BUFFALO, NY – Four Canisius students experienced the trip of a lifetime when they journeyed to Antarctica and the surrounding islands from December 27 – January 18. Led by Michael Noonan, PhD, professor of animal behavior, ecology and conservation (ABEC), the students traveled under the auspices of the Canisius Ambassadors for Conservation (CAC) Program. The following students took the excursion:
- Anna Kidder ’18, a junior ABEC and French dual major
- Allison Maynard ’17, a senior ABEC and digital media arts dual major
- Jacquelyn Sagasta ’17, a senior ABEC and environmental science dual major
- Emma Weisenfluh ’17, a senior ABEC major
Noonan says what his students experienced was priceless and far and beyond what he could teach them in the classroom.
“The students saw ecological variables play out first-hand right in front of them,” says Noonan. “They saw tidal pools where krill hatch, and they saw a behemoth whale consume krill out in the open sea. They got to witness snowfall leading to the formation of new glaciers, and they also saw one-hundred thousand year-old ice come to the surface on old glaciers.”
Emma Weinsenfluh ’17 describes the encounters as life-changing.
“It is getting out into the field that gives me a true appreciation of nature,” she says. “Nothing can rival the awe of watching an iceberg roll in front of you, then picking up chunks of ice from it that are thousands of years old.”
The group even had the chance to camp outside on Antarctic Island for one night.
“Each day’s lesson would unfold according to what wildlife we would encounter,” adds Noonan, who incorporated a one-credit intensive course into the trip. “There was a constant flow of learning opportunities, both formal and informal.
On South Georgia Island, for example, there was a colony of more than 10,000 king penguins, he adds.
“While I made sure to keep five meters away from them to abide by the law, many curious penguins approached us!” says Jacquelyn Sagasta ’17. “I got nibbled by a king penguin and chased by a fur seal. These were honestly some of the most magical moments of my life.”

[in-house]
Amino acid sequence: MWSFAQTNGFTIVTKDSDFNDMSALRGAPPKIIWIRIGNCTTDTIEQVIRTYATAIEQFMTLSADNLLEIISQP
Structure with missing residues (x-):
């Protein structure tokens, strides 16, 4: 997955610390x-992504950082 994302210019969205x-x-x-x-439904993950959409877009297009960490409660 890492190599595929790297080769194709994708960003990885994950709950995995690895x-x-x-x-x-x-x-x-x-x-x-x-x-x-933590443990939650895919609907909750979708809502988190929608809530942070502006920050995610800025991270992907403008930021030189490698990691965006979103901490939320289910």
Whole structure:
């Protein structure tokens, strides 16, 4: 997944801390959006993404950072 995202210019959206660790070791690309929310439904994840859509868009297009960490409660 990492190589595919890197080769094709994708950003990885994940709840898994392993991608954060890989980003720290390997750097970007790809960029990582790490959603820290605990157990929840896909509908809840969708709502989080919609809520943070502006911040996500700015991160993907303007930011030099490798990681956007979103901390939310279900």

The largest program of its kind in the U.S., The Canisius ABEC Program educates students about the science of animal behavior as well as the ethical and moral considerations involved in these fields. The major offers broad training in the nature of animals, their behavior ecology, and mankind’s relationship to them. It is designed for students who wish to engage in a rigorous course on the behavioral biology of animals, and one in which they critically examine issues pertaining to animal welfare and wildlife conservation. A central theme underlying this program is the use of scientific knowledge about animal behavior for the benefit of animal welfare and wildlife conservation. Find out more about the ABEC Program here.
The Canisius Ambassadors for Conservation (CAC) works to educate and inspire pro-conservation efforts in the next generation. The CAC takes a select number of college students to distant locations, such as Tanzania, East Africa; Southeast Asia, Argentina and Costa Rica to study wildlife and conservation issues, first-hand. Upon their return, students produce pro-conservation, educational resources such as DVDs and webpages about the ecosystems they studied, which they present at nearby zoological institutions, and in the classrooms of local middle and high school students. In this way, the CAC has already reached three million community members at schools, animal parks, and through online content. Find out more about CAC here.
Canisius is one of 28 Jesuit universities in the nation and the premier private university in Western New York.